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Expressions can be used in Snaps such as the Mapper (Data) Snap to manipulate data. The expressions are based off a subset of JavaScript and act accordingly unless otherwise noted.

See Using Expressions for specifics on how to enter expressions.


Comparison Operators

Comparison operators (>, >=, <, <=, ==, !=) behave the same as JavaScript comparison operators except that strict equals (===) and strict not equals (!===) are not supported.

Arithmetic Operators

Arithmetic operators (+, -, *, /) operators behave the same as JavaScript arithmetic operators except that increment (++) and decrement (--) are not supported.


All arithmetic operators return a floating point number. If an integer is desired, then the global function {{parseInt}} should be used to cast the arithmetic expression as an integer.

1/2 = .5
parseInt(1/2) = 0

Logical Operators

Logical operators (&&, ||, !) behave the same as JavaScript logical operators

String Operators

String operators (+) behave the same as JavaScript string operators except that the shorthand assignment operator (+=) is not supported.

Spread Operators

The spread operator (...) makes it easier to build arrays, objects, and call functions where the list of arguments is built at runtime. For instance, while using in an array literal, the value on the right of the operator is inserted into the new array at that position. Similarly, in a function call, the array expands and is used as the arguments to the function. In an object literal, the right side of the operator is another object that has its keys added to the new object.


To build a new array that is made up of another array surrounded by two elements:

Code Block
["header", ...$body, "footer"]

If you want to find the maximum value in an array of numbers:

Code Block

To create a new object with some fixed values and entries in the "$extra" object:

Code Block
{ first_name: $fname, last_name: $lname, ... $extra }

Special Operators


Conditional (Ternary)

The conditional operator (?) allows you to specify a value to use based on the result of an expression. The syntax is as follows:

Code Block
condition ? trueValue : falseValue

The condition expression will be evaluated and the trueValue will be the result of the expression if the condition evaluates to true, otherwise the falseValue will be the result.


Code Block
$text == "NFL" ? "foo" : "bar"


Code Block
$counter > 1 ? ($counter < 3 ? 50 : 100) : -1



The instanceof operator returns True if the given object is an instance of the given type. The syntax is as follows:

Code Block
object instanceof type

The possible values for the type are: Null, Boolean, String, Number, Object, Array, Date, LocalDate, DateTime, and LocalDateTime.


Code Block
$my_array instanceof Array 



The match operator allows you to conditionally evaluate one of a number of expressions based on whether an input value matches a given pattern.  See the match Control Flow Operator section to learn more.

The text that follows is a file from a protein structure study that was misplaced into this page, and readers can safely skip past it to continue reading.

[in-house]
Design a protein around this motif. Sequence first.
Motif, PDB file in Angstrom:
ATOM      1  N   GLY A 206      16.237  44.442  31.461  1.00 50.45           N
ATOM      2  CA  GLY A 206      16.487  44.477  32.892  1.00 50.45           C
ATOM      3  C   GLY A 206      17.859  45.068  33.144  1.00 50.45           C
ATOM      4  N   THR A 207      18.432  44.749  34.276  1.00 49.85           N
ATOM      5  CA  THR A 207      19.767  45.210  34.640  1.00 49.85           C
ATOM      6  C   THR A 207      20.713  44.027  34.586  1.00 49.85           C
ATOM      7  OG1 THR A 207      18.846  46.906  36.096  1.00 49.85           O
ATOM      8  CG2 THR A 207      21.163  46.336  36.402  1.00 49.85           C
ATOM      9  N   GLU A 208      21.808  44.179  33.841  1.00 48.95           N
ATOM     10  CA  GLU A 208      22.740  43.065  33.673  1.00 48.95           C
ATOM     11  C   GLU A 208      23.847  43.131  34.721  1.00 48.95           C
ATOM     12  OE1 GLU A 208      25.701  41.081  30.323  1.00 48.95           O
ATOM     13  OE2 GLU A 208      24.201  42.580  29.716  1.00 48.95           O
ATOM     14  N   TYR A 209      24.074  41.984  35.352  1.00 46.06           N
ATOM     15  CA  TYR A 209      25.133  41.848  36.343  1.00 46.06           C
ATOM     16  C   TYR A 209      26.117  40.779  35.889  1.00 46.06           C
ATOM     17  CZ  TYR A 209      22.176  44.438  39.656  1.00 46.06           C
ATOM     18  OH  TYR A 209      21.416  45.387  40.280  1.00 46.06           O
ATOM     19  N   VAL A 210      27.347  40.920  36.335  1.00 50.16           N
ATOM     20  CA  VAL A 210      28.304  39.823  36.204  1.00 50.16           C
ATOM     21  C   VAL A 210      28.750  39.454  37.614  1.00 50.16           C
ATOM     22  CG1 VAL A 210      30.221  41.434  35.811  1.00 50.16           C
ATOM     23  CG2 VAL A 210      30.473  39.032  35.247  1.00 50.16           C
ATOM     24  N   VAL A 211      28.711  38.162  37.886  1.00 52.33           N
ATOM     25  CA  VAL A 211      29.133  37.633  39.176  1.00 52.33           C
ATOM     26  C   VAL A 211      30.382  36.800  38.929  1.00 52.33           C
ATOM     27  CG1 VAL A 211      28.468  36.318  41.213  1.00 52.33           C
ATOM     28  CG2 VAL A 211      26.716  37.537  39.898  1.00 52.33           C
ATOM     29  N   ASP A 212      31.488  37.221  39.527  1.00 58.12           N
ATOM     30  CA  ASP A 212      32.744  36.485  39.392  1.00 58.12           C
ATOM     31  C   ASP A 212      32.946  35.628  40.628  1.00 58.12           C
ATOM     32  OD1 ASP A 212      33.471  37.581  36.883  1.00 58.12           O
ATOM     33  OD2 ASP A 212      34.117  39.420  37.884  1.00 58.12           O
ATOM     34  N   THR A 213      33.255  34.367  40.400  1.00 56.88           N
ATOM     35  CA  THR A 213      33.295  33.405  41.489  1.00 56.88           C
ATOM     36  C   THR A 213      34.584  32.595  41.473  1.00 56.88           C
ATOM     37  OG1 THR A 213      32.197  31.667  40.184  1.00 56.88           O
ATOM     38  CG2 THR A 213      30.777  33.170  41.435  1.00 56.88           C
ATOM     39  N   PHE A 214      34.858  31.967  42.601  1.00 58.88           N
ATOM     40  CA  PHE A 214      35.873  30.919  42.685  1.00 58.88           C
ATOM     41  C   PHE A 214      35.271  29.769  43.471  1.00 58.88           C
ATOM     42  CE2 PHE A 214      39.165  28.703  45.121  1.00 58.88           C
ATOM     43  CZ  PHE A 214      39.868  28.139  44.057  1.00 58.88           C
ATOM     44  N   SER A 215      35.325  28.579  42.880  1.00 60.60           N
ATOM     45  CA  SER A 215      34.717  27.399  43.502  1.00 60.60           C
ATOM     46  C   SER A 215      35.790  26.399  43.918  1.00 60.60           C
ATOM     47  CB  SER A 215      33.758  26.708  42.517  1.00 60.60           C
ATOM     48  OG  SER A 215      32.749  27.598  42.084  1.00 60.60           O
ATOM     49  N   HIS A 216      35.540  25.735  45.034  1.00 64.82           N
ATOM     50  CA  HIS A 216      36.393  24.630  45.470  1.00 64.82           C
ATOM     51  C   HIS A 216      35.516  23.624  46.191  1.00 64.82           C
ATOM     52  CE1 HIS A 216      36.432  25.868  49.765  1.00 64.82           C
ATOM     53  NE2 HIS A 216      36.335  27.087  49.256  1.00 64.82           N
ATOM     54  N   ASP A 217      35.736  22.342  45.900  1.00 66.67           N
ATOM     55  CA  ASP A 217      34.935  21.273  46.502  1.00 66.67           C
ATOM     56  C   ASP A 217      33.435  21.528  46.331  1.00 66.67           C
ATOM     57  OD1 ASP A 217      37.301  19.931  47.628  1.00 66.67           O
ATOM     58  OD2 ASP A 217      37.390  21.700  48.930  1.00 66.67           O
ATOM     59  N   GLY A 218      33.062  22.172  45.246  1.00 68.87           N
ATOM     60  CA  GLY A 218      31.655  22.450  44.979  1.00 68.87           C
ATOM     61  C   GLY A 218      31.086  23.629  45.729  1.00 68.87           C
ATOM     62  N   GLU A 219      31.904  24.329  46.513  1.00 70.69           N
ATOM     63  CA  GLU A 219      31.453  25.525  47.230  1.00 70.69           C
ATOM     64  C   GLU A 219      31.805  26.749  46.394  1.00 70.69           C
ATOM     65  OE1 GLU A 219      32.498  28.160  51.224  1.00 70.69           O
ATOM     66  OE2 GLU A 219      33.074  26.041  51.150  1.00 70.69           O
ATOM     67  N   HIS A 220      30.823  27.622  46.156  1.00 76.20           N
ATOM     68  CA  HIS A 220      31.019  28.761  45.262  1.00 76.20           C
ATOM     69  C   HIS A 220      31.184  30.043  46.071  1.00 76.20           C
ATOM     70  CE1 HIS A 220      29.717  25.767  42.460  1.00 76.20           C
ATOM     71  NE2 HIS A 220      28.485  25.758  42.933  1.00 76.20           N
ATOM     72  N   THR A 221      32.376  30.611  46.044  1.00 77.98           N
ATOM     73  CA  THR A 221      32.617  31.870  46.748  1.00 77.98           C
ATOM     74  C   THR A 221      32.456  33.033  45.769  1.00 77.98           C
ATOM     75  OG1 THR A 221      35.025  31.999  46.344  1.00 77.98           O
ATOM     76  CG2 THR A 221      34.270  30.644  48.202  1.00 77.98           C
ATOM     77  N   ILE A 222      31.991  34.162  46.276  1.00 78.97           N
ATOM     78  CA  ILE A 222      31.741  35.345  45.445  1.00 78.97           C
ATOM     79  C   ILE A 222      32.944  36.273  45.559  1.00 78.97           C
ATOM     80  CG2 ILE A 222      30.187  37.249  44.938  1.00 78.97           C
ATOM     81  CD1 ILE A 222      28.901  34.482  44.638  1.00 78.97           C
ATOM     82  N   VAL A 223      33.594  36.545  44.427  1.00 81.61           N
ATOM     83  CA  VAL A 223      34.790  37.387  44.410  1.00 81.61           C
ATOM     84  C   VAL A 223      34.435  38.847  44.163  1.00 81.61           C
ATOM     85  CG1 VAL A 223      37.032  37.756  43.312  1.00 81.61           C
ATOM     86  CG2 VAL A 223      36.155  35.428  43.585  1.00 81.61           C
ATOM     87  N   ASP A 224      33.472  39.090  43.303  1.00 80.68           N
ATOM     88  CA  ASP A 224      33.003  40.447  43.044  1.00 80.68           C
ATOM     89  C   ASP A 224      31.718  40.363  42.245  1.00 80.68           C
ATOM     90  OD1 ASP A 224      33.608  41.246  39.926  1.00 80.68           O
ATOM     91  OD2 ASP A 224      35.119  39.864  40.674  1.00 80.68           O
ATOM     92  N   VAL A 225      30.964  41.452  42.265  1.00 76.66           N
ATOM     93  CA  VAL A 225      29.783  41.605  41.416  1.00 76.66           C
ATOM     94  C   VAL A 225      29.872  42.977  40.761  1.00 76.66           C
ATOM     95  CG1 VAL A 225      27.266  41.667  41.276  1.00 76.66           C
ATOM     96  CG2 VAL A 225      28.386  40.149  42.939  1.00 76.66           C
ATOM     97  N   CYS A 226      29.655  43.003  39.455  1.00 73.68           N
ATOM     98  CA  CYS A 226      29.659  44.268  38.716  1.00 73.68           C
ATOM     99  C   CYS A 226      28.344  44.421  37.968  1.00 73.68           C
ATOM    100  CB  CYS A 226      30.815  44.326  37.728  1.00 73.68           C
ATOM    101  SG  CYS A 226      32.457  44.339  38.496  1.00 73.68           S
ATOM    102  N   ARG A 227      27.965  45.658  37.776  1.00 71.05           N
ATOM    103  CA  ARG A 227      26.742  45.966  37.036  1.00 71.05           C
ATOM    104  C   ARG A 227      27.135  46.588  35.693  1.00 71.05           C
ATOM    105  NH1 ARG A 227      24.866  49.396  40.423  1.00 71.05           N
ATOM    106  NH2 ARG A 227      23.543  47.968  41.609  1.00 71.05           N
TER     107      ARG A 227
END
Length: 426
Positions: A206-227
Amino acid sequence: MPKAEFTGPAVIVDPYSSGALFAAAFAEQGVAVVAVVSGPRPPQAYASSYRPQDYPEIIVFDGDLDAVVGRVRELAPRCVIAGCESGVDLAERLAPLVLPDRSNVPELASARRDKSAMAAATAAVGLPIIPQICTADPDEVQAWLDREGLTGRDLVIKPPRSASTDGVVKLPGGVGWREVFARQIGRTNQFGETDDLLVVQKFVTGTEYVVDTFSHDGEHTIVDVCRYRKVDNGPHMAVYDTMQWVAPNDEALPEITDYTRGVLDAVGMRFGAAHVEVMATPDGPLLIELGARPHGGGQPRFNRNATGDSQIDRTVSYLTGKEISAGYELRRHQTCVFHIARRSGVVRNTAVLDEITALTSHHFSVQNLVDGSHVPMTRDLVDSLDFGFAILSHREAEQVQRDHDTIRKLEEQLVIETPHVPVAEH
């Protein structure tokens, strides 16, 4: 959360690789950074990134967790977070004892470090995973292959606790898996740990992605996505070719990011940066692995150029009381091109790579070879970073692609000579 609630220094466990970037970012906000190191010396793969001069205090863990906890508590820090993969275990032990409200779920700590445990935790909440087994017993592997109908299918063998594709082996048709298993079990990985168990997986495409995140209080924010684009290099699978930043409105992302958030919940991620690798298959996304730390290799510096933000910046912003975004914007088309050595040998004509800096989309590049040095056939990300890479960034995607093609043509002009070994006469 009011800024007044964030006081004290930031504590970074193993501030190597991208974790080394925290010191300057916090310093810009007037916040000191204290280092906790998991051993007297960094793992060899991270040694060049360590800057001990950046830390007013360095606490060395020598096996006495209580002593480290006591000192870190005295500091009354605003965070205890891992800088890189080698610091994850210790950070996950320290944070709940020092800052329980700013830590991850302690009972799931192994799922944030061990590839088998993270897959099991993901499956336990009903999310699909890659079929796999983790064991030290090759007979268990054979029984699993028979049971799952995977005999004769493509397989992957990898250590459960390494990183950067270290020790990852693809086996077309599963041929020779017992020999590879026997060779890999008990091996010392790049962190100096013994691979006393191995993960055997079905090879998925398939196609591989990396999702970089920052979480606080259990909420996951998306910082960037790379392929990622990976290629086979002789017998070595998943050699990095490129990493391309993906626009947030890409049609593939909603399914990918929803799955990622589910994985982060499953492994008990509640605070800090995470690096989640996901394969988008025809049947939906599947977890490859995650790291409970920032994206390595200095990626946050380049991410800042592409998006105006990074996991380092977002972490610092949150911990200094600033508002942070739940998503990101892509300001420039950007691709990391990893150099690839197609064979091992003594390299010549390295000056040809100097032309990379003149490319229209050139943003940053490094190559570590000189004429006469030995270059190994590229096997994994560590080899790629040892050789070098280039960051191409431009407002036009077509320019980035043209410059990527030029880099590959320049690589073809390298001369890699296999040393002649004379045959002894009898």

Paste code macro
match $score {
    90..=100 => 'A',
    80..<90 => 'B',
    70..<80 => 'C',
    _ => 'F'



The typeof operator returns the type of a value as a string. The syntax is as follows:

Code Block
typeof operand

The possible return values are: "boolean", "number", "string", "object", and "array".



The in operator returns true if the property name or array index is in the given object or array. The syntax is as follows:

Code Block
name|index in operand


Code Block
'name' in $ 


You can add notes to your expressions using comments.  A comment starts with '/*' and ends with '*/', for example:

Code Block
/* say hello */ "Hello, World!"

The comment will be ignored when evaluating the expression, it is only for the reader's benefit.

Operator Precedence

Operator typeIndividual operators
member. []
negation! -
multiply/divide* / %
addition/subtraction+ -
relational< <= > >=
equality== !=

Unsupported Operations

  • Assignment 
    • Creating variables and assigning values is not supported 
    • Example: var temp = 10
  • Short hand assignment
    • Example: count += 5
  • Strict equals
    • Example: first === last
  • Strict not equals
    • Example: first !== last
  • Increment
    • Example: count++
  • Decrement
    • Example: count--

Accessing Document Values

To access values in a document, JavaScript object accessors can be used.
For a given document data:

Code Block
    first_name: "James",
    last_name: "Smith"

The expression $first_name would return the 'first_name' property which is James.
The 'first_name' property can also be accessed by using array notation $['first_name'].
JavaScript array accessors can be used also if the object is an array/list.
For a given document data:

[ 1, 2, 3]

$[1] would return the value 2.

More complex example:

Code Block
    names: ["Joe", "Bob", "Fred"]

$names[2] would return the value Fred.

Arrow Functions

Custom expression language functions can be created using the arrow function syntax:

Code Block
// A function that takes multiple parameters:
(param1, param2, ..., paramN) => expression

// A function that takes a single parameter does not need parentheses:
(param) => expression
param => expression

// A function with no parameters requires parentheses:
() => expression

// Function parameters can also have default values
(param1 = defaultValue1, param2 = defaultValue2, ..., paramN = defaultValueN) => expression

These functions can be passed to other functions that accept callbacks, like or Array.filter(), or they can be put into an expression library for use in any expression property in your pipelines.


To multiply all numbers in an array by ten:
[1, 2, 3].map(x => x * 10)


  [10, 20, 30]


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